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In Pursuit of AED Incident Data: Nick Bogle’s Story

AED incident data

Nick Bogle’s Story

I first have to say that my story has nothing to do with anything I did or accomplished but rather God’s mercy and the people He put around me that day who saved my life. My name is Nick, and I am 64 years old. I live in Milton, GA, a northern suburb of Atlanta, with my wife Natalie. We have 2 adult children and one recently born grandchild – another powerful reminder of how blessed I am to be alive. Playing soccer has been a passion of mine all my life and I still play 3-4 times per week in a men’s league in my area.

Surviving Sudden Cardiac Arrest

My experience with Sudden Cardiac Arrest took place on February 4, 2023. Like most Saturdays, I was at the soccer fields for a morning ‘scrimmage’. As I was walking by the restroom, I collapsed with no warning signs. Apparently, I exhibited seizure movements on the ground before I stopped breathing. Two of my fellow soccer players happened to be up at the restrooms at the time of my collapse. One was an ER doctor and the other, a retired fire chief. 

Miraculously, they were inspecting the AED machine in the ladies restroom when it happened.  

Within 3 minutes, my pulse was checked, CPR was started, and the AED was applied. I received one shock and regained consciousness. Emergency services arrived over 15 minutes after 911 was called. My first memory was waking up in the ambulance wondering what in the world had happened.
So many miracles happened that day for me. From where and when I collapsed, to who was around me and, of course, the AED equipment that was readily available and operational. The fact that I was able to be resuscitated so quickly is why I made a swift and full recovery. Without it, I know my story could have turned out much differently. This is where my passion for AED advocacy lies.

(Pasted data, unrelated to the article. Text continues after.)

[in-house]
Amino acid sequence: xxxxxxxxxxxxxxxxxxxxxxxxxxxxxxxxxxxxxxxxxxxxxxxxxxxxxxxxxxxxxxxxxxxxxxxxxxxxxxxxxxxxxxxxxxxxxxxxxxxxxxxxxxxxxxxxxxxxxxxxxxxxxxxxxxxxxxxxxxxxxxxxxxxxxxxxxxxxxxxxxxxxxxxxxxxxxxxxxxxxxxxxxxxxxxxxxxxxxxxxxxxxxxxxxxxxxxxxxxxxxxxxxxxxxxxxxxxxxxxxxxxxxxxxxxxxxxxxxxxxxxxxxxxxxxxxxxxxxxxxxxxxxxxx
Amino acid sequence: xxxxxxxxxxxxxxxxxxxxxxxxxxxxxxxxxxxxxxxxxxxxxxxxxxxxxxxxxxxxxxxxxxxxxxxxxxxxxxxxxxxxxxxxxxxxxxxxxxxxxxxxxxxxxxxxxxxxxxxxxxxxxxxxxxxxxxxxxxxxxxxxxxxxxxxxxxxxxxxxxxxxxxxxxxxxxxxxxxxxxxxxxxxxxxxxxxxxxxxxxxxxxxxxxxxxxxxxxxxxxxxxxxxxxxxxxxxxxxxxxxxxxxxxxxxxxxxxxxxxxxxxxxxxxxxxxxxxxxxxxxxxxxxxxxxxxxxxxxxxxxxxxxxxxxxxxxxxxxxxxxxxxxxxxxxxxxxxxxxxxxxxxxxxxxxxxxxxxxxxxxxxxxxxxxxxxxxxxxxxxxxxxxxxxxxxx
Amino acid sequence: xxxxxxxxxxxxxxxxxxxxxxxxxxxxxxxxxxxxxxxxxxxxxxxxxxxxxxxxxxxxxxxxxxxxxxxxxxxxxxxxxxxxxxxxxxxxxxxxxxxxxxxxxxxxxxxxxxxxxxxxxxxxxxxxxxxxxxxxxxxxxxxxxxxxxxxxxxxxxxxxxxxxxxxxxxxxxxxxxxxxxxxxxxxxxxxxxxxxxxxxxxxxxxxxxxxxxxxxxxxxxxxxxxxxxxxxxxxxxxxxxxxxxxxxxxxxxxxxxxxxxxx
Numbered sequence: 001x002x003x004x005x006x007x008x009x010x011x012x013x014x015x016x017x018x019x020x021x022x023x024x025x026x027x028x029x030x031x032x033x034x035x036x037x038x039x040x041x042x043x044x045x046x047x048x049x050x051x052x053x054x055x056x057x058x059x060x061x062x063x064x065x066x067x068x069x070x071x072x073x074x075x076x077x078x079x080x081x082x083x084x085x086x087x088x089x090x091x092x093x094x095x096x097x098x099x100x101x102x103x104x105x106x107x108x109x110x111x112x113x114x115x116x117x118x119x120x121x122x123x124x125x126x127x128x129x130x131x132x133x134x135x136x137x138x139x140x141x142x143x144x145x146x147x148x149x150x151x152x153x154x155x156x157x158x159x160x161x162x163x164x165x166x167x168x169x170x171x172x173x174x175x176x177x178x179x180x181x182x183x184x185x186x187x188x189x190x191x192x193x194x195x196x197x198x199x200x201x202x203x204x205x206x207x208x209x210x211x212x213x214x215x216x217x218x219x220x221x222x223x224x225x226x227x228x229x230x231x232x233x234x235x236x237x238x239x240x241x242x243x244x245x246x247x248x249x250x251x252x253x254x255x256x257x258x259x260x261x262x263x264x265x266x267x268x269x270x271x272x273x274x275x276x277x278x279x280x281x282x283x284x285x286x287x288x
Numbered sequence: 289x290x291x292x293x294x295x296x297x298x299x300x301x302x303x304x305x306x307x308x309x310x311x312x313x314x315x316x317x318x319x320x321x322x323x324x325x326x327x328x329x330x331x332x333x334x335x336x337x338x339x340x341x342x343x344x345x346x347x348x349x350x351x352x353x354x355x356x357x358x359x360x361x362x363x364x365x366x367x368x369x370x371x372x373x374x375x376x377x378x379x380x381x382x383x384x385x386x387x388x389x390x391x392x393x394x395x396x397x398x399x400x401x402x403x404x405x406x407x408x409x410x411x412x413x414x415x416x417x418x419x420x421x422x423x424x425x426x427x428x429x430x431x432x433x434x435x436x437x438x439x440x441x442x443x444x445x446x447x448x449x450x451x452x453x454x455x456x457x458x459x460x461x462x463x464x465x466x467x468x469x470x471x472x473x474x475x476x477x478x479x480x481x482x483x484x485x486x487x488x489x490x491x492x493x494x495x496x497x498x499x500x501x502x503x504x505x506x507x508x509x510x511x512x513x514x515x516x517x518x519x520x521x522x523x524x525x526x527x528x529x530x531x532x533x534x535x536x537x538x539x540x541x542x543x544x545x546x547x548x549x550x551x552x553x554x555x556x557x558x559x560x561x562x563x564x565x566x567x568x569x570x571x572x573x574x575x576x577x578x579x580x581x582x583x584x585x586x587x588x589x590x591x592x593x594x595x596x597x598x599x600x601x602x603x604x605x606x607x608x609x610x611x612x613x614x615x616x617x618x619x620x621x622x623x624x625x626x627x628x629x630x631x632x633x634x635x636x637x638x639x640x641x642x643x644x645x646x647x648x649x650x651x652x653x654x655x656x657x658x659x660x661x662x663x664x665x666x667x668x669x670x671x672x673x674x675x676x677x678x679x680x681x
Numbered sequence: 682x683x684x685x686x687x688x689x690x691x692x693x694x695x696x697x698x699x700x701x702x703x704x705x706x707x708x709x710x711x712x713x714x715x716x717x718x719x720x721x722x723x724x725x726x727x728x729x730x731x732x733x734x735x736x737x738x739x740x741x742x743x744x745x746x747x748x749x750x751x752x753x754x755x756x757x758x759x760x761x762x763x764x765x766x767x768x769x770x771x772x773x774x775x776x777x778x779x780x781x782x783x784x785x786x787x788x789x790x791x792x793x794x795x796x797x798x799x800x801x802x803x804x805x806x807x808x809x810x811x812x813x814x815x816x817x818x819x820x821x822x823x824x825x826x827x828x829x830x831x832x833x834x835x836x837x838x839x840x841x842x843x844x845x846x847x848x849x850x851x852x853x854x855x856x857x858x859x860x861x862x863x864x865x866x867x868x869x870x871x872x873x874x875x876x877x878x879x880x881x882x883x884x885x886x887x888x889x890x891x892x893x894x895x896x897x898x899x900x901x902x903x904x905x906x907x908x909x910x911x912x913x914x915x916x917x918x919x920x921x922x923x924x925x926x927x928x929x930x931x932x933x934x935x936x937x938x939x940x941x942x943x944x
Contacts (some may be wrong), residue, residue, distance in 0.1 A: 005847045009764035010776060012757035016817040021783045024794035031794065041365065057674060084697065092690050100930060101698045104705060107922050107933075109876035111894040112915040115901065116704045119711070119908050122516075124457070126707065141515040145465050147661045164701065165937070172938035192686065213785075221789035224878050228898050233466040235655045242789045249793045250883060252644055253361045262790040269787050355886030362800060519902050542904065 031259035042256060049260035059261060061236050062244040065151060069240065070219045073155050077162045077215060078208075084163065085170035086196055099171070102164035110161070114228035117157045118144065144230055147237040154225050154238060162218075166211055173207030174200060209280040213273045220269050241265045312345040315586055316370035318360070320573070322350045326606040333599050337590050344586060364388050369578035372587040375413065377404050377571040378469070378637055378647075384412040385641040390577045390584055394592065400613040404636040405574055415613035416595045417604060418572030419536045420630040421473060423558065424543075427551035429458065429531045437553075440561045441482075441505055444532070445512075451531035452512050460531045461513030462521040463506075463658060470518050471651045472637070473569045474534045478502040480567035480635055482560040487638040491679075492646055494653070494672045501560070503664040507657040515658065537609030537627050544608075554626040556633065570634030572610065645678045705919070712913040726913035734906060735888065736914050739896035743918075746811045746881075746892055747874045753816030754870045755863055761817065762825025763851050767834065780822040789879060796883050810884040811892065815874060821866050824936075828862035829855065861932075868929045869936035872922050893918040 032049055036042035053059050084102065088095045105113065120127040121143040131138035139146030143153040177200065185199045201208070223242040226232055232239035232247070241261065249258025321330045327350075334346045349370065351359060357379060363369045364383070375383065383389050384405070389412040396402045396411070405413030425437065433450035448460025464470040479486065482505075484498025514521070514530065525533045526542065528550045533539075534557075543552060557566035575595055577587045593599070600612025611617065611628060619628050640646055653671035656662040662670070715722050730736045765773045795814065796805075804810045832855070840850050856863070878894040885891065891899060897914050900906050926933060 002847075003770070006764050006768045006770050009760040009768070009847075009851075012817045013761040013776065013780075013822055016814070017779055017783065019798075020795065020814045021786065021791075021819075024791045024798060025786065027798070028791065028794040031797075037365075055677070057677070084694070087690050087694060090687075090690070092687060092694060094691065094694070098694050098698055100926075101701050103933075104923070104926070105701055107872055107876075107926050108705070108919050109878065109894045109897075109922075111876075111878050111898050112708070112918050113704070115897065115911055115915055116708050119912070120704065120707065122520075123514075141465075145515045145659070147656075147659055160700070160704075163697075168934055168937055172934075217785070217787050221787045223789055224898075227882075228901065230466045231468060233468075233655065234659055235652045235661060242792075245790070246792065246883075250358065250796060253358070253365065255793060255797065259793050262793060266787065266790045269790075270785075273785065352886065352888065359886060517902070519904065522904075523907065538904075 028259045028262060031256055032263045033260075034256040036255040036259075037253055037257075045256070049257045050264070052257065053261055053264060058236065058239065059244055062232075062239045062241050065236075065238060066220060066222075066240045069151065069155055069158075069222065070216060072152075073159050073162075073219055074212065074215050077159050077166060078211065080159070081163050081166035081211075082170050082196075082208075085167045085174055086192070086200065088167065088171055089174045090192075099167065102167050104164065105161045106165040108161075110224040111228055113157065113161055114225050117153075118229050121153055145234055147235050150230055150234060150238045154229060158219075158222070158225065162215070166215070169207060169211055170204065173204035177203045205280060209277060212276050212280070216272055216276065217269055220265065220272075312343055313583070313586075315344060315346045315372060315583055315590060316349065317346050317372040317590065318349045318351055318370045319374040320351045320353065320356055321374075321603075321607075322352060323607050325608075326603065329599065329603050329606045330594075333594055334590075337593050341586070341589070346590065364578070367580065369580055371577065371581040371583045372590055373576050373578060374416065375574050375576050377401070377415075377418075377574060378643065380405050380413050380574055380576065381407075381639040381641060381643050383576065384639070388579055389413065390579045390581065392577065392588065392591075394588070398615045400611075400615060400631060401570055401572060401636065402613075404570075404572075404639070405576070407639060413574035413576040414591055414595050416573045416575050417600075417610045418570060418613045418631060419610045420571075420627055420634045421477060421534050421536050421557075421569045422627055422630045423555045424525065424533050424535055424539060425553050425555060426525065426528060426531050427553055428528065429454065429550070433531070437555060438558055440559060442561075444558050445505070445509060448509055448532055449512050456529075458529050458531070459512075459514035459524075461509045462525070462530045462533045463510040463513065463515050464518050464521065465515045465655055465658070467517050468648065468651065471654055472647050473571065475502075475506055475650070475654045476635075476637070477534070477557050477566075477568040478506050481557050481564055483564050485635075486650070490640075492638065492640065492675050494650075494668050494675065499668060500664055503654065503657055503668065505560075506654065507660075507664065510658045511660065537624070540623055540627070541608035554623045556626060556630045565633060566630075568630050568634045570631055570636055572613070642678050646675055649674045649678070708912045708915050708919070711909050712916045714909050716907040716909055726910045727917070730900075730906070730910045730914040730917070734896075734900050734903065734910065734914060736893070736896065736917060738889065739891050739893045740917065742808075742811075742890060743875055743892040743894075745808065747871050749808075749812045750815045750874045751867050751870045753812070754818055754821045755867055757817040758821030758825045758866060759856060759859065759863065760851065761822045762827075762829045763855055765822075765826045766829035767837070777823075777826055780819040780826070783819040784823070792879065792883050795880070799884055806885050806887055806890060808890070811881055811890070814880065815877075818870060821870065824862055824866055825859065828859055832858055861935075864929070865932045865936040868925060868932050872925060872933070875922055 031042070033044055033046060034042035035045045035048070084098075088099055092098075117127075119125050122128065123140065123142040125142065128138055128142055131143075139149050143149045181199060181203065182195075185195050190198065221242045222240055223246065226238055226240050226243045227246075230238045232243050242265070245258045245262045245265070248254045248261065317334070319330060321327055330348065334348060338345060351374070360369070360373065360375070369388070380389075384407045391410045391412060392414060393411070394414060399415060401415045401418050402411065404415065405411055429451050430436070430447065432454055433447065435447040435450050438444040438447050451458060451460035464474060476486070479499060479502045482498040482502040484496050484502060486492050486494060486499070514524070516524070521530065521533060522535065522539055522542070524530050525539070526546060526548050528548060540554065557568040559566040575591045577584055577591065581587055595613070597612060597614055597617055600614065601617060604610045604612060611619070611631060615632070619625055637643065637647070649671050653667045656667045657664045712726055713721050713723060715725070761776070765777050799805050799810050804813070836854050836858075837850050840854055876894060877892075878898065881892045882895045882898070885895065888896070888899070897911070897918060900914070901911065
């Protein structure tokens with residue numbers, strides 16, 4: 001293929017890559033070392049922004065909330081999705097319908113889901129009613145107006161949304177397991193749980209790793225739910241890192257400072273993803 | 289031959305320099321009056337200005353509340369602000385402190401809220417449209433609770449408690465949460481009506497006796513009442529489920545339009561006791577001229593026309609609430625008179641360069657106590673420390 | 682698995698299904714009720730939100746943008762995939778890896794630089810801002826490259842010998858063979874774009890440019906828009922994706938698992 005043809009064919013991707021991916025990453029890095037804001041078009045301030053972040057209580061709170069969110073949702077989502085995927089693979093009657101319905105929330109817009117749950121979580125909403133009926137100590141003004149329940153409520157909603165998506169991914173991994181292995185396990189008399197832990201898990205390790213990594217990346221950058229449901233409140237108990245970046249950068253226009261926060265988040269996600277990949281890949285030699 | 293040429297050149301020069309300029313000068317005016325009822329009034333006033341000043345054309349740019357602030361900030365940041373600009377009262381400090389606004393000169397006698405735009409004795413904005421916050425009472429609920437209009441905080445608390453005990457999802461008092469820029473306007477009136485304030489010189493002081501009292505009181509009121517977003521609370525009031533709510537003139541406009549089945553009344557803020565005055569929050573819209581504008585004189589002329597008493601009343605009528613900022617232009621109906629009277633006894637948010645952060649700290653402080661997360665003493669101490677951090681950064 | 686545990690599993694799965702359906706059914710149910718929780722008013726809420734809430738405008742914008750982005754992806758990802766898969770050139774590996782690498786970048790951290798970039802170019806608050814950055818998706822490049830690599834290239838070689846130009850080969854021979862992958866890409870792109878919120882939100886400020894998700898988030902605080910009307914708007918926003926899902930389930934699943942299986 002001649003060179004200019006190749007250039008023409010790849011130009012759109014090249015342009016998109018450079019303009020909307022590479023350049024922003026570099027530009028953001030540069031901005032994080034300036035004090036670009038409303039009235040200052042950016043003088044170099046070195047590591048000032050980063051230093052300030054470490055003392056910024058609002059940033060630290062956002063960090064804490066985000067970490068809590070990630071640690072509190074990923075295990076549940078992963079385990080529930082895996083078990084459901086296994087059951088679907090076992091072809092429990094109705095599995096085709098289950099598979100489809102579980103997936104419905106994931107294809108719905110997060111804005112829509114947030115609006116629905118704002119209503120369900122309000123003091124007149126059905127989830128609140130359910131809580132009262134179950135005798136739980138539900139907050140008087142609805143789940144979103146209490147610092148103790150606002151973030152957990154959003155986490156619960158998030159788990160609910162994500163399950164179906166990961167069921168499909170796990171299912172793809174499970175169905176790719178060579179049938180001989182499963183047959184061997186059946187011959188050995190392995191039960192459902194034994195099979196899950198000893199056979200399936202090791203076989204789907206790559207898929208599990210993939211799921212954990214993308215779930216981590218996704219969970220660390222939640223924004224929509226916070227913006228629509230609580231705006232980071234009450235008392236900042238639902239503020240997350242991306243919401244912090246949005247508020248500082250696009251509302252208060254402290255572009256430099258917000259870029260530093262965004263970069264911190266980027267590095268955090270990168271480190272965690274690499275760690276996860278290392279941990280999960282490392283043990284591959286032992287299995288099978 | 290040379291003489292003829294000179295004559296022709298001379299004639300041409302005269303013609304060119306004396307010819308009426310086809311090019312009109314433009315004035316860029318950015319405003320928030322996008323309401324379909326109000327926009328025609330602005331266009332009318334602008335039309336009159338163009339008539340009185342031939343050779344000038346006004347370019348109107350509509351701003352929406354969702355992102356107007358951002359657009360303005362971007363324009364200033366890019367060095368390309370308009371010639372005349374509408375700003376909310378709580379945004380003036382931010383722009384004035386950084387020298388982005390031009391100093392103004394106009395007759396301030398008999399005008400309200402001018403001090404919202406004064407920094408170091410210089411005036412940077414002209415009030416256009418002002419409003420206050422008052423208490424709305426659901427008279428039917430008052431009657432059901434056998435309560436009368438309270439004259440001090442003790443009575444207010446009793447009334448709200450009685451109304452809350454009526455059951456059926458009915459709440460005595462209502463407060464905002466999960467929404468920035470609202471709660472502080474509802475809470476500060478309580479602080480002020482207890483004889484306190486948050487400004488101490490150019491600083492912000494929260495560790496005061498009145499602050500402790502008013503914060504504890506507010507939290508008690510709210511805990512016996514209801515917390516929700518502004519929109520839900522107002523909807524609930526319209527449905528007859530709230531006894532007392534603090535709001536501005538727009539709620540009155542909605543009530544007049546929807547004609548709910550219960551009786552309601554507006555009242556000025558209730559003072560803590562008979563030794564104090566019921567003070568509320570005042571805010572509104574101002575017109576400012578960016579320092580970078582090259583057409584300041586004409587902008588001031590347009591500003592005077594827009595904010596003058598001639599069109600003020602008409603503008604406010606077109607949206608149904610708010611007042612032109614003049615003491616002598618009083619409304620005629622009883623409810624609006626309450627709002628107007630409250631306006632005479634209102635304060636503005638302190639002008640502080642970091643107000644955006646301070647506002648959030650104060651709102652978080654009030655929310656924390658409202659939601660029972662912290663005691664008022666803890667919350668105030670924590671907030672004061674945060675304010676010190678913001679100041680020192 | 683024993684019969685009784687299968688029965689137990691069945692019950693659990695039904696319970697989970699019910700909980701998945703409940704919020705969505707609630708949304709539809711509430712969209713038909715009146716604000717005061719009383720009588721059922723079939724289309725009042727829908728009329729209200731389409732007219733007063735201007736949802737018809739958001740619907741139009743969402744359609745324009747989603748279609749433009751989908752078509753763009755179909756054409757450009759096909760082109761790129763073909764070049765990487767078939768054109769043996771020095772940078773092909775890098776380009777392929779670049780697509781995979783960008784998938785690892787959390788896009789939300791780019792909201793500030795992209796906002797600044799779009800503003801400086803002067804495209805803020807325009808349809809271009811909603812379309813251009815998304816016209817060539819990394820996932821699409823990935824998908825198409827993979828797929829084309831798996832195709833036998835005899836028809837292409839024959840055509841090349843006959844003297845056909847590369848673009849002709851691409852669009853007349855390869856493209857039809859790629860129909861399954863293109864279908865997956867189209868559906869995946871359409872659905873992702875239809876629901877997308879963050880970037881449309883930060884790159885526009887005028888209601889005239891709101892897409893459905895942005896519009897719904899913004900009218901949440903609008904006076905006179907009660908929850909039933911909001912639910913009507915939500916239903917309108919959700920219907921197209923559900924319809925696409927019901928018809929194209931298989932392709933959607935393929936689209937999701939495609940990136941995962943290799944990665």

AEDs: The Lifesaving Therapy

Currently, survival rates for SCA remain at the 10% level. I know there are a lot of contributing factors, but I believe we can do much better. By raising awareness of this very prevalent killer, training more people in the use of CPR and AEDs and making AEDs more readily accessible everywhere, I believe that more people who experience SCA can be given the same chance at a positive outcome that I had. I believe the fact that an AED was within a stones throw of where I collapsed and that someone there knew how and was willing to use it made all the difference in my survival and recovery. CPR alone could have kept blood flowing to my brain until EMS arrived, but I might have experienced cognitive damage that could have potentially disabled me for the rest of my life. As far as I have read, only an AED can restart a heartbeat.

Quest for the AED’s Incident Data & Intro to Avive

After my SCA event and recovery, I started reading and exploring what information was available that would help me confirm or better understand what caused this to happen. I learned that the AED machine used on me contained vital info pre and post defibrillation. I then tried to find someone who could help download the information off the machine. That became a journey unto itself, but it was through that process I was introduced to Micah Bongberg from Avive who put me in touch with a local contact willing to help.